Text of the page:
NCRC#1: Diversity and Prosperity Integrate Well in Oak Park, Illinois

GallowayCollensTOPsunsetREVISEDNCRC#1: Diversity and Prosperity Integrate Well in Red Door Realty Ad _own_your_dreamOak Park, Illinois

(Crystal A. Proxmire, March 24, 2015)

This is part of our series of stories from the National Community Reinvestment Coalition Conference in Washington DC from March 25-28, 2015. Learn more at

As part of the National Coalition Reinvestment Coalitions Annual Conference in Washington DC, Rob Breymaier of the Oak Park Regional Housing Center spoke about the strategies and policies used in his community to make Oak Park the destination place for diversity in Chicago’s suburbs. The lessons learned in Oak Park could give the attendees from around essentialthe county ideas and hope for creating more integrated, welcoming, and financially stable communities.

The OPRHC was created in 1972, and currently has 7 full time and 5 part time employees plus volunteers. They work with housing professionals, including landlords, real estate agents, mortgage lenders, and developers to have consistency in visions best practices. They also sustain their work through housing referrals.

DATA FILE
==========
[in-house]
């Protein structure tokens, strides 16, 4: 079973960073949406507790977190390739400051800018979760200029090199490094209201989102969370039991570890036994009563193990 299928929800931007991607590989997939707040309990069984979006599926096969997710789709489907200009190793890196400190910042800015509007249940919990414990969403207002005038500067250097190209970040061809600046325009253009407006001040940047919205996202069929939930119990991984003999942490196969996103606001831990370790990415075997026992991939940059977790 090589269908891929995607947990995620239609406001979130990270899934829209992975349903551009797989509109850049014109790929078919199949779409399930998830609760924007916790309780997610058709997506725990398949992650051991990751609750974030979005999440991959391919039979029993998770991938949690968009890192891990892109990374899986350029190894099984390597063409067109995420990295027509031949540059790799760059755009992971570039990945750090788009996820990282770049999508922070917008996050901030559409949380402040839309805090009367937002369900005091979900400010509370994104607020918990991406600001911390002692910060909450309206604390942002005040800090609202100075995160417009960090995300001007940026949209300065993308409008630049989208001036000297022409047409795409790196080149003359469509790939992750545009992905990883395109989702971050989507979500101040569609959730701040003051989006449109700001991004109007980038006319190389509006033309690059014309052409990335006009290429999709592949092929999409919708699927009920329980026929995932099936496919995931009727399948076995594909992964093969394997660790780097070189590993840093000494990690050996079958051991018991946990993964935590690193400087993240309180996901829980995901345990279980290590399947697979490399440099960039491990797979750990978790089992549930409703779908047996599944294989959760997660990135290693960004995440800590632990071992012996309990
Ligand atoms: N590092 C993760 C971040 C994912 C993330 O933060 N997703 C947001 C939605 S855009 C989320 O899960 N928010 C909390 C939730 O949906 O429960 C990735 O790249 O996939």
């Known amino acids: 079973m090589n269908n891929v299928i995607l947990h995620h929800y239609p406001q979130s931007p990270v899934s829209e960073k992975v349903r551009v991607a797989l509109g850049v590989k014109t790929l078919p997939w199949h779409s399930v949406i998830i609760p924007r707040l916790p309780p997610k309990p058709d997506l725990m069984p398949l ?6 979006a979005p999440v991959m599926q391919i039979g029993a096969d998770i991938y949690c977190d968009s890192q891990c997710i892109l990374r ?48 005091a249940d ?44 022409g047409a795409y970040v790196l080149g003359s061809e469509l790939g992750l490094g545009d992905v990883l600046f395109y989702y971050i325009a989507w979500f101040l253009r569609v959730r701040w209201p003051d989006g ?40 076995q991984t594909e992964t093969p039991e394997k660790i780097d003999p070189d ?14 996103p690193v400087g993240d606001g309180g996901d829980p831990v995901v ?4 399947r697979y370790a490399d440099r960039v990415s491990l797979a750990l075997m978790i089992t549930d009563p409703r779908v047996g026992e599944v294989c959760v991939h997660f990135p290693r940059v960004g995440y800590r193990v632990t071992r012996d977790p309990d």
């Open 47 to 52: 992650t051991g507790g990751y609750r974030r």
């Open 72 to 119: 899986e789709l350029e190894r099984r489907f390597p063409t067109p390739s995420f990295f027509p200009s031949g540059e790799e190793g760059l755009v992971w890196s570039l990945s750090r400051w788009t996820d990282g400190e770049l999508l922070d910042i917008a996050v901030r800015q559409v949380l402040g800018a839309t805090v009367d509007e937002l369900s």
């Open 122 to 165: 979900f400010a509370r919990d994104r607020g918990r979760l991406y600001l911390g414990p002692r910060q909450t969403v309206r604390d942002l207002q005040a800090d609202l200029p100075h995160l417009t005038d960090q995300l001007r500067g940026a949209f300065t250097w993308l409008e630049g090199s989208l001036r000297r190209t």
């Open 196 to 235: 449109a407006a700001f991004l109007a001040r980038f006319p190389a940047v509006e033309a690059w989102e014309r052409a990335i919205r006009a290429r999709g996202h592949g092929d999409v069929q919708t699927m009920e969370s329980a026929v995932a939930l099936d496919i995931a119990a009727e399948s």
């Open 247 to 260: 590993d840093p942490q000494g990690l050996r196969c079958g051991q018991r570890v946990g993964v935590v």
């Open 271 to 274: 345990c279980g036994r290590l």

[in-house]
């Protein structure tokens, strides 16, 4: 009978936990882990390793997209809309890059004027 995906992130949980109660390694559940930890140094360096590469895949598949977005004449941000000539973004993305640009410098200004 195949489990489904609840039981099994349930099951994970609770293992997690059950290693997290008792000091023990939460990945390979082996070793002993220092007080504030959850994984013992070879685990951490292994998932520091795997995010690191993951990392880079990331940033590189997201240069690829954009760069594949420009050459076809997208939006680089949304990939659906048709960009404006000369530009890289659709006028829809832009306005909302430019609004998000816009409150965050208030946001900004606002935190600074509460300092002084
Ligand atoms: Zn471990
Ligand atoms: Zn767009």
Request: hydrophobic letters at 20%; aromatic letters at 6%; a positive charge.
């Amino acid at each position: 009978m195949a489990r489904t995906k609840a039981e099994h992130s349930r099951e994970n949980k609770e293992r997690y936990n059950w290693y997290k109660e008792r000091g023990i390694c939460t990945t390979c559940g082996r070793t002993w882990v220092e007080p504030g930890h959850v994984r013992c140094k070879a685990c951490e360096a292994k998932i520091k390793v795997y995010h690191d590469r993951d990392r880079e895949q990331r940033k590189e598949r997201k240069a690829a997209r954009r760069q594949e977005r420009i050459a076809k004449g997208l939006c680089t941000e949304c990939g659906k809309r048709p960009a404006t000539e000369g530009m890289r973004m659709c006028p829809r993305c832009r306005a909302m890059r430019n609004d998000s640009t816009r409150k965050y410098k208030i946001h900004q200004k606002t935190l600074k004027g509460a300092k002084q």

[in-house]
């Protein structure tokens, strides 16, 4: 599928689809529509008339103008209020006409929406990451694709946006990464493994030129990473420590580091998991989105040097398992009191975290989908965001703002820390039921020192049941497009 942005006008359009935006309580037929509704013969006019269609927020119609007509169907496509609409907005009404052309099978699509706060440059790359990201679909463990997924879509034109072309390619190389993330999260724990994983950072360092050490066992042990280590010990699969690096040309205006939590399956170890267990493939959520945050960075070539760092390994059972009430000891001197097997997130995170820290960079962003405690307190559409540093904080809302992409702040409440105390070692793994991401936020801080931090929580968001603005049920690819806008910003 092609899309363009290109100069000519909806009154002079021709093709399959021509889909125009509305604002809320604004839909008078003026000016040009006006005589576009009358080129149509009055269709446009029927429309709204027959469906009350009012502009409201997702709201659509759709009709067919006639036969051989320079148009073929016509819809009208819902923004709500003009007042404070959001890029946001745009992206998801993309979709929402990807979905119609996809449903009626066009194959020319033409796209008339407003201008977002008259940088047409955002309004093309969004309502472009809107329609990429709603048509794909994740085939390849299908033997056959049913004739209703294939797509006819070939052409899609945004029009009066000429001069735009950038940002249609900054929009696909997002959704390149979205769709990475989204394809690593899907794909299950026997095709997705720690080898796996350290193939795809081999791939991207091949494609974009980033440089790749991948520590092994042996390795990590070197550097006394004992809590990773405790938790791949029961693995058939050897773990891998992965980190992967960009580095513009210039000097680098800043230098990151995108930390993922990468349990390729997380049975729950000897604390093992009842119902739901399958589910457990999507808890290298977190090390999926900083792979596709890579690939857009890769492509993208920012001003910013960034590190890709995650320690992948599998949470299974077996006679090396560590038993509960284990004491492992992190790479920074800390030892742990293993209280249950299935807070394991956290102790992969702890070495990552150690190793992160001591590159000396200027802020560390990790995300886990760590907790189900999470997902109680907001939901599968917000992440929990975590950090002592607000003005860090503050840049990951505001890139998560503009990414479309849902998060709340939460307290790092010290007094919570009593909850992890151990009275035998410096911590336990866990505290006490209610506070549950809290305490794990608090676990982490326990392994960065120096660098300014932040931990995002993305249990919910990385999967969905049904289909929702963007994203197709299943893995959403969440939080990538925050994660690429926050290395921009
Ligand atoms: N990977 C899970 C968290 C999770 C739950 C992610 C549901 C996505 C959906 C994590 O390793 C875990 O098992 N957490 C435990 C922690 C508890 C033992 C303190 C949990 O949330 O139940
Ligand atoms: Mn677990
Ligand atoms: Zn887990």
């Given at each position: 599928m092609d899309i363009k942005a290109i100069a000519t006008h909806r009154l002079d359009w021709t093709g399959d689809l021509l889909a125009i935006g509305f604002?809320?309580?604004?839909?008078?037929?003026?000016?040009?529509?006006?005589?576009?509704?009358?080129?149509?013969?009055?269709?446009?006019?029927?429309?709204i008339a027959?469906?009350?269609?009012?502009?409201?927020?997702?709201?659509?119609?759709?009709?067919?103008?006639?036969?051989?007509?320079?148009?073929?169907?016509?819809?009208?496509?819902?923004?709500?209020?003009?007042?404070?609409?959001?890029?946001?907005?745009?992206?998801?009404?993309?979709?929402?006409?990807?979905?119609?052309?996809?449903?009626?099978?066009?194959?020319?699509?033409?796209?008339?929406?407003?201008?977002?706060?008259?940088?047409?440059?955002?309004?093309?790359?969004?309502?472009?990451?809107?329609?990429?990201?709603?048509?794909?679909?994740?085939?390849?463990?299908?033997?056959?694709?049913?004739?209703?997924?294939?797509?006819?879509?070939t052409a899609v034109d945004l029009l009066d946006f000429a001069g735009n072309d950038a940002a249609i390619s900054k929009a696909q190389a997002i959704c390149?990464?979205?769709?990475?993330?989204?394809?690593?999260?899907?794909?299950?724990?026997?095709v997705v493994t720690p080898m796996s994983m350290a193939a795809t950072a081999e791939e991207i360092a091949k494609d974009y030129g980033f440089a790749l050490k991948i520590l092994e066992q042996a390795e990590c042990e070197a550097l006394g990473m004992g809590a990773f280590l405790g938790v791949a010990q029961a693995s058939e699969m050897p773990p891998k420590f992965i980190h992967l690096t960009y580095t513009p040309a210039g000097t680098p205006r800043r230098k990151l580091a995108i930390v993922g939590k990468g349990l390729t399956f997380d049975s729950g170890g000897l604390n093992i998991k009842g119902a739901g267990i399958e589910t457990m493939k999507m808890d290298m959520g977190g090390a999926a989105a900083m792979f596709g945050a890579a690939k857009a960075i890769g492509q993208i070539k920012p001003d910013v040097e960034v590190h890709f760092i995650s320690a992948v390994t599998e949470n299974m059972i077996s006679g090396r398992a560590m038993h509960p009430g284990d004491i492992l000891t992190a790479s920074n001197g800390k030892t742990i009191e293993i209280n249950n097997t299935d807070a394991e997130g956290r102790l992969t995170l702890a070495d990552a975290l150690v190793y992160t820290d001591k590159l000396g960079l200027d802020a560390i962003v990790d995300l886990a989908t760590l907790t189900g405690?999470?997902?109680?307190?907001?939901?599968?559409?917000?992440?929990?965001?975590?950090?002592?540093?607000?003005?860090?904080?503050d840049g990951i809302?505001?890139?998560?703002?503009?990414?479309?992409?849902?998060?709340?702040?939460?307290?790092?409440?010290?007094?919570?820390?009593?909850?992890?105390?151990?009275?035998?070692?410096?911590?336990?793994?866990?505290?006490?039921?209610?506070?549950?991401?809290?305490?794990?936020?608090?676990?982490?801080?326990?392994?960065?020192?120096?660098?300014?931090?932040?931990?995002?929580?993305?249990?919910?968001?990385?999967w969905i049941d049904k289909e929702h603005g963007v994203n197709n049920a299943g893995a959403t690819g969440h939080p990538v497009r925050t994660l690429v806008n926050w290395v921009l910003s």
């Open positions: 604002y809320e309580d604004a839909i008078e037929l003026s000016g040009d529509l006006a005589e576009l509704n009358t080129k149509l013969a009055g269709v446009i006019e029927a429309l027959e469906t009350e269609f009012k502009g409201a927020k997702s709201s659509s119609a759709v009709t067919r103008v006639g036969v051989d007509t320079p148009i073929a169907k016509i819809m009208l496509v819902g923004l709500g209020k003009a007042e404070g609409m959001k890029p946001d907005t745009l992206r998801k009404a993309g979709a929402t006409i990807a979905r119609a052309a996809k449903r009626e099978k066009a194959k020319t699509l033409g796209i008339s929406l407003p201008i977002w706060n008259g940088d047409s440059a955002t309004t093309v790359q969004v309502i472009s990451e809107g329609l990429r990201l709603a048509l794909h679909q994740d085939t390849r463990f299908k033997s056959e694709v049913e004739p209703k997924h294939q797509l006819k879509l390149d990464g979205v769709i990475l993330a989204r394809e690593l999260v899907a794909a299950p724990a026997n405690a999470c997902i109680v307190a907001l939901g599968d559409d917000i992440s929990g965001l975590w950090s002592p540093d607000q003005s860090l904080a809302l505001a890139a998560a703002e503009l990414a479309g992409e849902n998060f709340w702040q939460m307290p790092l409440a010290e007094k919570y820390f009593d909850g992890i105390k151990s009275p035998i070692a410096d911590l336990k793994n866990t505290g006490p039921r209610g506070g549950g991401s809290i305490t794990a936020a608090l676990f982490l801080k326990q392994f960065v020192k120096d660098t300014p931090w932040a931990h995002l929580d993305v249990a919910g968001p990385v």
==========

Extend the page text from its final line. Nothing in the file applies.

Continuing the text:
Oak Park is the first suburb west of Chicago, bordered mostly by segregated communities. The 4.5 square mile village has 52,000 people living in an area with historic buildings, plenty of public transit options and solidly middle class residents. And according to Breymaier two of the community’s greatest features are the fact that it was home to architect Frank Lloyd Wright and writer Ernest Hemingway, and thus has a vibrant artistic vibe, and secondly that it is intentionally diverse.

The push for integration started with a failed house-bombing. “In the early 1950s a guy named Percy Julian moved to Oak Park. He was a genius, a chemical wizard with patents to his name. The Glidden Paint Company hired him. And he was African American,” Breymaier said. He explained that Julianseed18_ellen_cogen_lipton_april 2016 had invented several medical and chemical innovations, had become wealthy and moved to a big home in Oak Park, “right smack dab in the middle of the city.”

“He was the first black person to move to Oak Park,” Breymaier said. “And somebody tried to fire bomb his house. They were inept at firebombing his house, the dynamite they had thrown in failed to ignite. But it became a big story. People rallied around him and his right to live there. …He lived there the rest of his life, but the people who rallied around him became the spark for change that did not institutionalize until the 1970s.”